“No!” roared the wizard, when they would have ducked under the barrier. “Stay here, all of you! Do you hear me? You are needed here, if all is not to burn!” They followed his pointing finger out the shattered window, to see that the fire had already spread to the shop next to the closed store.
“A tailor’s shop,” groaned the wizard. “What ill luck. Bolts and bolts of cloth and cotton batting… Peter, have you a fire bell nearby? Peter!”
The man jerked violently. “Aye, we do. Rich, go ring it. Go, boy!”
Rich tore himself from his mother’s arms and ran through the main room, out the door and to the side. A few moments later, they heard the tinny tones of the hand bell ring out loudly.
“Quick now,” snapped the wizard. “Marly, Peter, we need buckets, basins, cooking pots … whatever you have. Now!”
The family’s remaining store of water filled these in moments, and the hobbits were set to throwing their contents on the flames. Already the wooden storefronts were afire, the flames snapping and crackling like a living creature. People were pouring from the surrounding homes, many in their nightshirts, and horrified shouts were being replaced by men calling orders and forming a water-chain. These were their homes and livelihoods; there were no bystanders here.
Women gathered at the well, working the buckets without undue waste of motion. Children emptied rain barrels and storage containers, adding the water to any available receptacles and passing them to the men. Marly and Peter and even Rich joined in spading dirt and throwing it upon the flames. The hobbits’ efforts were quickly replaced by larger folk, and Gandalf herded them back into the house with orders to stay there, hoping in all the confusion that none had noticed that these were not children.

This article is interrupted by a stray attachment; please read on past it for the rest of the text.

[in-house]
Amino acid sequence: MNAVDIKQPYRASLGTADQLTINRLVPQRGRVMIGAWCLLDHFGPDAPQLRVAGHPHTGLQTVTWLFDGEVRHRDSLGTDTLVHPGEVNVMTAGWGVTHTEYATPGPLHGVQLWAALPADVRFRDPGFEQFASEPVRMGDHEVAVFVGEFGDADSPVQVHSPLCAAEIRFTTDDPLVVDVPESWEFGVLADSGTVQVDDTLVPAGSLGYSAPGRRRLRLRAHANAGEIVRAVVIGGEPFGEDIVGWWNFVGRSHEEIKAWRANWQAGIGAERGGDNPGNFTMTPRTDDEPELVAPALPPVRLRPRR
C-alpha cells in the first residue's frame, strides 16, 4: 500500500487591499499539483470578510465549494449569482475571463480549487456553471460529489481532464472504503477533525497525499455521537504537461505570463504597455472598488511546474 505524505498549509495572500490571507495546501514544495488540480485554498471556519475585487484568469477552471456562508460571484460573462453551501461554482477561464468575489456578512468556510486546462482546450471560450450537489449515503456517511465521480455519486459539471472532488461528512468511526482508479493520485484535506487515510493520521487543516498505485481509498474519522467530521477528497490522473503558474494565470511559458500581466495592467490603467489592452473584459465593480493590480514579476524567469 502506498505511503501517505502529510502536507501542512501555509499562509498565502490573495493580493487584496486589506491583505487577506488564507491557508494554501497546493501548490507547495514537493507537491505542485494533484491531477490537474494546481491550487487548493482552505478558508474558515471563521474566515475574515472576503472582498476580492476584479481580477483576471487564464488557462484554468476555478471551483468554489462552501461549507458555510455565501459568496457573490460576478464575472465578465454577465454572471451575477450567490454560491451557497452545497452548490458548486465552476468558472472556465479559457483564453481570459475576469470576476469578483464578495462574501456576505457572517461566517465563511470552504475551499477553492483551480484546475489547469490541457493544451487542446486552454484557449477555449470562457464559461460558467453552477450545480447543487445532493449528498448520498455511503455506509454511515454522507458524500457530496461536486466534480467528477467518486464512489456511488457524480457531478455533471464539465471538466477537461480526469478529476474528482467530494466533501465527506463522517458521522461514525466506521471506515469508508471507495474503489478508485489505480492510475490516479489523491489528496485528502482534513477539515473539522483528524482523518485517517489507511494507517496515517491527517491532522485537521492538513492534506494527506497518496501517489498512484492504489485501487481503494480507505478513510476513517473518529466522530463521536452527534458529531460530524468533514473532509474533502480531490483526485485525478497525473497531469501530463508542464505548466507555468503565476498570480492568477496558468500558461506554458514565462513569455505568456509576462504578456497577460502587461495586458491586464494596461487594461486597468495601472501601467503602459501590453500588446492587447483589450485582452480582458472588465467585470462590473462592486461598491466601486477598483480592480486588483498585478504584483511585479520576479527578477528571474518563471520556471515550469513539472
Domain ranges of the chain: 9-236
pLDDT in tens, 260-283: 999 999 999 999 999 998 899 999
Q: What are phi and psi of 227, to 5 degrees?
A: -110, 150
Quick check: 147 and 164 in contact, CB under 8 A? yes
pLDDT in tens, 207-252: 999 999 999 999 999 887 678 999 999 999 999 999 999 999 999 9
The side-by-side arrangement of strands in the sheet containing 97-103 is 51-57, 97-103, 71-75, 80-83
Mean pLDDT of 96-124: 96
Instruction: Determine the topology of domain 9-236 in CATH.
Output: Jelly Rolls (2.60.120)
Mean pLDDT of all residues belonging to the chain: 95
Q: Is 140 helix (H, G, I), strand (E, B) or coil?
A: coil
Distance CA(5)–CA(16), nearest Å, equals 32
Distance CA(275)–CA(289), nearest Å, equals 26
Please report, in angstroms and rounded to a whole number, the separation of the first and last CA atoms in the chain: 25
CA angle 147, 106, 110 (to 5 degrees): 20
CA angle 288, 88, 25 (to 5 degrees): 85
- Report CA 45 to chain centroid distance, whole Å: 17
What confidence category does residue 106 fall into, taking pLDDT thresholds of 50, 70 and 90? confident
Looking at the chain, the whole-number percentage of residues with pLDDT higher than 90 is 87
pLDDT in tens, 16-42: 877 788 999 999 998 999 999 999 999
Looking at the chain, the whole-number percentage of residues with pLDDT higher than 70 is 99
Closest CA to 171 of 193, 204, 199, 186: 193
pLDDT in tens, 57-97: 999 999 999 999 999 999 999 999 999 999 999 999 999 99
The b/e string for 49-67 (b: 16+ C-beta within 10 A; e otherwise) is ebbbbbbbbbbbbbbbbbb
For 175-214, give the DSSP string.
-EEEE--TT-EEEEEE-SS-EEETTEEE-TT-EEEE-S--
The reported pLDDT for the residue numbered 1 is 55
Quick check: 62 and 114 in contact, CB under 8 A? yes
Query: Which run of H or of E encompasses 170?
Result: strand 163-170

“Merry,” called the wizard, and found the attentive hobbit instantly by his side. “Take care of Brion. I want you and Pippin and Sam to straighten out this room. Keep out of sight of the townsfolk. If fortune is with us, none of them identified you. I am going after Frodo. Do not worry – and do not follow! Do not disobey me in this, young hobbits. We will bring him back.”
With that the wizard was gone. Trembling, Merry looked to the others and saw fear and misery in their faces. “Let’s get to it, then,” Merry said decisively, struggling to hide his own terror. The shattered panes of glass and slivered shards littered the floor and the coverlet. “We’ll make the place ready for when they all get back with Frodo. Come on, Pippin-lad, find a dustbin. Brion, show Sam where the broom is, would you? All of you, stay back from the window until I get this picked up.”
Merry knelt and began to carefully gather up the shards of glass, laying every splinter and shattered piece in a neat pile. His forced calmness had its desired effect on the others. With a shake, Pippin set out to obey, as did Sam and Brion. Merry watched them respond to his instructions from the corner of his eye, his back to them, so that none of them saw his own tears as they began to drip down his face and fall in invisible droplets on the broken glass.
* * * * *
Once outside of the little home, Gandalf paused as the flames spread to the second shop’s wooden roof. Peter and Marly did not see him go; they and all of their neighbors were involved in fighting the flames. The wizard grimaced; so many innocents had suffered from this unlucky detour. He would see that some of the reparations that Legolas’ father was to send in payment for the inn would go to the owners of those shops. It was all that he could do.
Not so far from where the wizard regretted his decisions, the three hunters drew even with Gimli. The dwarf was almost dancing from foot to foot in agitation, his bearded head turning as he glared up each of the four crossways that intersected the narrow street. He had followed as swiftly as he was able but had lost sight of the fleeing form and had not seen which road the creature took. Rather than choose wrongly and doom them all, he had given up the chase to wait for the others. “Shall we separate,” he rumbled, “and each of us take a way?”